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See You at Harry's by Jo Knowles

See You at Harry's

by Jo Knowles

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What I was expecting from this book was a story about a girl who was always undervalued by her family in favor of her little brother.
What I didn't expect from this book was a heartwarming tale about a girl who undervalued her brother and learned how much she loved him after he was gone.
I mostly didn't enjoy it because I couldn't relate to having to work in a diner and having a little younger brother I would care for that much.
The guilt, grief, and remorse felt real though and I'm sure many other people enjoyed it more than I. ( )
  Alana_Platt | May 21, 2017 |
I read this for a group read for "The Top 100 Children's Books on Goodreads." It is written for Grade 7 - Up. It is a family story of what looks to me like a fairly typical family. These could be any of us living our everyday lives. So there is "happy" in the book, but "sad" also comes in and hits pretty hard. I don't want to give away any spoilers, but this book tackles some pretty heavy topics. However, as it is narrated by a seventh grade girl, it is told in a very real way. It is well written and easy to read. I would highly recommend it for middle school and early high school, but even as an adult, I liked it a lot. It made me laugh, but I also cried. I think you will too :) ( )
  TerriS | Apr 18, 2017 |
Saddest book I've ever read in my entire 62 years! ( )
  jothebookgirl | Jan 3, 2017 |
This is part sad, part adorable. See You at Harry's deals with some heavy issues, but I think it was handled with delicacy.

I did my fair share of crying while reading this story. Grab some tissues and spend a night with this endearing read, because you most definitely do not want to read this on a crowded, rush-hour commuter train. ( )
  iShanella | Dec 2, 2016 |
A gentle story dealing with death, grieving and moving forward. ( )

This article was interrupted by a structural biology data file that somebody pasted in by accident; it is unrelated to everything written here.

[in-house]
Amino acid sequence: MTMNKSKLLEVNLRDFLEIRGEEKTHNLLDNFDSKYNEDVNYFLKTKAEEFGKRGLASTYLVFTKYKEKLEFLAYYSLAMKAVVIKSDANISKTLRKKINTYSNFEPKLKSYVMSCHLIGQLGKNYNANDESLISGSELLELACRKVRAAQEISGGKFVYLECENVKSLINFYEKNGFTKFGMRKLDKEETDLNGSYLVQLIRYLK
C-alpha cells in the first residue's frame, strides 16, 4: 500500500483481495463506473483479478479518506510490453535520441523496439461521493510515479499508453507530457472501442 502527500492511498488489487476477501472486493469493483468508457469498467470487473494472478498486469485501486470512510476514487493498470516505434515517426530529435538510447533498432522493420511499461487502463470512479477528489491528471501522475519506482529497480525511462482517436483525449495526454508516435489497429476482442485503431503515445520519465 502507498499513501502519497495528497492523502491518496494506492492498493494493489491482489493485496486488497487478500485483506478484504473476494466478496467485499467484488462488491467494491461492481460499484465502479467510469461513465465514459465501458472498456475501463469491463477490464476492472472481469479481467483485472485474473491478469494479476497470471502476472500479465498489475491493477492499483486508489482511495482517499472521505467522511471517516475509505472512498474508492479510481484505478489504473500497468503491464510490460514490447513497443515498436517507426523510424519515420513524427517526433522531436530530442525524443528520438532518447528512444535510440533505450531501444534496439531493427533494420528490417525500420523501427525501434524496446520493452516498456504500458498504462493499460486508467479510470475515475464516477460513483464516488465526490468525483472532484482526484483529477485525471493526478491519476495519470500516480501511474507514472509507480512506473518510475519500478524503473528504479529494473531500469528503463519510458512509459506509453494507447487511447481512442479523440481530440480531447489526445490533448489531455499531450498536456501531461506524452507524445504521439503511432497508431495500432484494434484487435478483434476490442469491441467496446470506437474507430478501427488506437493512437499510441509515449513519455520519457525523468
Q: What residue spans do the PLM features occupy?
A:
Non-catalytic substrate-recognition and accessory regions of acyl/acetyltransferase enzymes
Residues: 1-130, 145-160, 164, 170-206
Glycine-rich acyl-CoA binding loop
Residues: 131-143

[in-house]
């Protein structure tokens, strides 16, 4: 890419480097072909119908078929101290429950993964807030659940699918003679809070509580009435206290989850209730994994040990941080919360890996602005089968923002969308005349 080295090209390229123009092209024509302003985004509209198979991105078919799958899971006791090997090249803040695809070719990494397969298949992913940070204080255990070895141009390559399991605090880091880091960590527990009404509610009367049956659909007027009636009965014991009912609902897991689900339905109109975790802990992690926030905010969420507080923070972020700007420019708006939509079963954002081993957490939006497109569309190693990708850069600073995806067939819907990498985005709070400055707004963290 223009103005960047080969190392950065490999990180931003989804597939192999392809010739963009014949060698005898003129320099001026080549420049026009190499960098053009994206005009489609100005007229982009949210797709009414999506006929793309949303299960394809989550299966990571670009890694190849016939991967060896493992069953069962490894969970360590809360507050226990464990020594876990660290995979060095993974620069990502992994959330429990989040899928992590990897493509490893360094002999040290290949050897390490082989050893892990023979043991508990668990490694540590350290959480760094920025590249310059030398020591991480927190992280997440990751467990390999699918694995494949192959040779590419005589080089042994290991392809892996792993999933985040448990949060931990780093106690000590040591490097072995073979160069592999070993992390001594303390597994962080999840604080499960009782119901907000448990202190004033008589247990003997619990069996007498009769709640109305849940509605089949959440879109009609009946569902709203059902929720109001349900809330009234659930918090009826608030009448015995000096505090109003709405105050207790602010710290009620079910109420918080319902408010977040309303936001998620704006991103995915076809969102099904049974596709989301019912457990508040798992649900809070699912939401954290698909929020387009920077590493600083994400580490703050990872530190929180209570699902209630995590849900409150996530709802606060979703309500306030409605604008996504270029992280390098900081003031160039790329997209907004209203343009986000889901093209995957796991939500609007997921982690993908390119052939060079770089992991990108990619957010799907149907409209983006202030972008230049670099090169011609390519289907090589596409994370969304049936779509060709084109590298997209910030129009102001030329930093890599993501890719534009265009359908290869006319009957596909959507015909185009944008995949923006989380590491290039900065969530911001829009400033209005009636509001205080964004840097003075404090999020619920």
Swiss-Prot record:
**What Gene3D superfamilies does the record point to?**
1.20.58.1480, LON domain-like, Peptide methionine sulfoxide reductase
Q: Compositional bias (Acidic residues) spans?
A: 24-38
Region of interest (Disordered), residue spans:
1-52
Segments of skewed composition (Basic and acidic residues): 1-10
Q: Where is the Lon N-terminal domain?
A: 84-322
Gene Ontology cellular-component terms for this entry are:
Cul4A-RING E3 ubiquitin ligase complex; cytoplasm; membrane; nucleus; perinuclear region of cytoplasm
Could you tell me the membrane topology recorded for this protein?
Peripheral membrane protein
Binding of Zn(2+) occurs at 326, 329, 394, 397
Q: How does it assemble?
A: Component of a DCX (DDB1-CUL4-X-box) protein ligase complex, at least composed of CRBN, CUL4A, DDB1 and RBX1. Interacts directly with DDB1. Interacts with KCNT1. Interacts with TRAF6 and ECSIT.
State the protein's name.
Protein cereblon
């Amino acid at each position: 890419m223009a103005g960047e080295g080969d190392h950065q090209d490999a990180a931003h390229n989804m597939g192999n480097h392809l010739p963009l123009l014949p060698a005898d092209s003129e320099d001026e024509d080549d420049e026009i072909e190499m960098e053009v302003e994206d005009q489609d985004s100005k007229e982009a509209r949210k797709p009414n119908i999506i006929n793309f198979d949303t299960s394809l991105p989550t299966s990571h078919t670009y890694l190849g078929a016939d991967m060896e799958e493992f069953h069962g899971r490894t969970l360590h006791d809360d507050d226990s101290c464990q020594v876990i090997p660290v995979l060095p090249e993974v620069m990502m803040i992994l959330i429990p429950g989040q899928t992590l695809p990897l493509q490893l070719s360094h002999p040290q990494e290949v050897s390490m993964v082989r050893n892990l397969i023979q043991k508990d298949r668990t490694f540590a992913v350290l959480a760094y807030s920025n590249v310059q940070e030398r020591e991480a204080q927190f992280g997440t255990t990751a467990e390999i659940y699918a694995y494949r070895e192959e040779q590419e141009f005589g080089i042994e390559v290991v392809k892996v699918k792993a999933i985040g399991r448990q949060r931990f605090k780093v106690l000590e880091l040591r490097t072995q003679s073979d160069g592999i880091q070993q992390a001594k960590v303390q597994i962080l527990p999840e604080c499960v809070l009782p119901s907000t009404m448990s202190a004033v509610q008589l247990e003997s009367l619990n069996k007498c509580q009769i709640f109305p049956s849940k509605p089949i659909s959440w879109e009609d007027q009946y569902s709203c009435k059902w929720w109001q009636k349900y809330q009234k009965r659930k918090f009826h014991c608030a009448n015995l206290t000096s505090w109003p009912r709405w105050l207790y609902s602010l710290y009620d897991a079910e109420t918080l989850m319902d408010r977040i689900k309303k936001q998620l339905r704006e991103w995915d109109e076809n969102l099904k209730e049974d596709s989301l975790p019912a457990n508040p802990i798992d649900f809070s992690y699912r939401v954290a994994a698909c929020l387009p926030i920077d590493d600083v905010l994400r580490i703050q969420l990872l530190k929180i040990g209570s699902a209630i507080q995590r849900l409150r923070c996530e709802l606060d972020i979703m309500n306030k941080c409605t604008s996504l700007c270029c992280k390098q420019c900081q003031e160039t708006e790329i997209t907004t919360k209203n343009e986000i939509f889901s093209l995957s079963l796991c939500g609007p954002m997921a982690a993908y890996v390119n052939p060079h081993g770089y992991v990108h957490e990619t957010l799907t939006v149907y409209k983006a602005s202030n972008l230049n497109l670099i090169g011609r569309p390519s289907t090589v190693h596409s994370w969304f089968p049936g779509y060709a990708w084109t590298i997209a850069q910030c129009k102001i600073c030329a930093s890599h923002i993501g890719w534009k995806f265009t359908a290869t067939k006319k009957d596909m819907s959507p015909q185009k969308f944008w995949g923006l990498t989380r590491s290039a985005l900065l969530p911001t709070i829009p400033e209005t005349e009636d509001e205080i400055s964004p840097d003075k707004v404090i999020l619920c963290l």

HeatherLINC | Jan 23, 2016 |
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The very best day of my life, I threw up four times and had a fever of 103 degrees. I was pretty sure I was going to die, and sometimes by the look on my mom's face every time she took my temperature, I think she was pretty sure, too.
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Book description
Twelve-year-old Fern feels invisible. Her dad is always busy planning how to increase traffic to the family business. Her Mom is constantly going off to meditate. Her sister Sarah, who's taking a "gap year" after high school, is too busy finding ways not to work; and her brother Holden is too focused on his new "friend" to pay attention to her. And then there's Charlie: three years old, a "surprise" baby, and the center of everyone's world.

If it wasn't for Ran, Fern's best and oldest friend, there would be nowhere to turn. Ran is always calm, always positive. His mantra "All will be well" is soothing in a way that nothing else seems to be. And when Ran says it, Fern can almost believe.

But when their lives are unexpectedly turned upside down, Fern feels more alone than ever, and responsible for the event that wrenches the family apart. All will not be well. Or at least, all will never be the same.
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Twelve-year-old Fern feels invisible in her family, where grumpy eighteen-year-old Sarah is working at the family restaurant, fourteen-year-old Holden is struggling with school bullies and his emerging homosexuality, and adorable, three-year-old Charlie is always the center of attention, and when tragedy strikes, the fragile bond holding the family together is stretched almost to the breaking point.… (more)

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Jo Knowles is a LibraryThing Author, an author who lists their personal library on LibraryThing.

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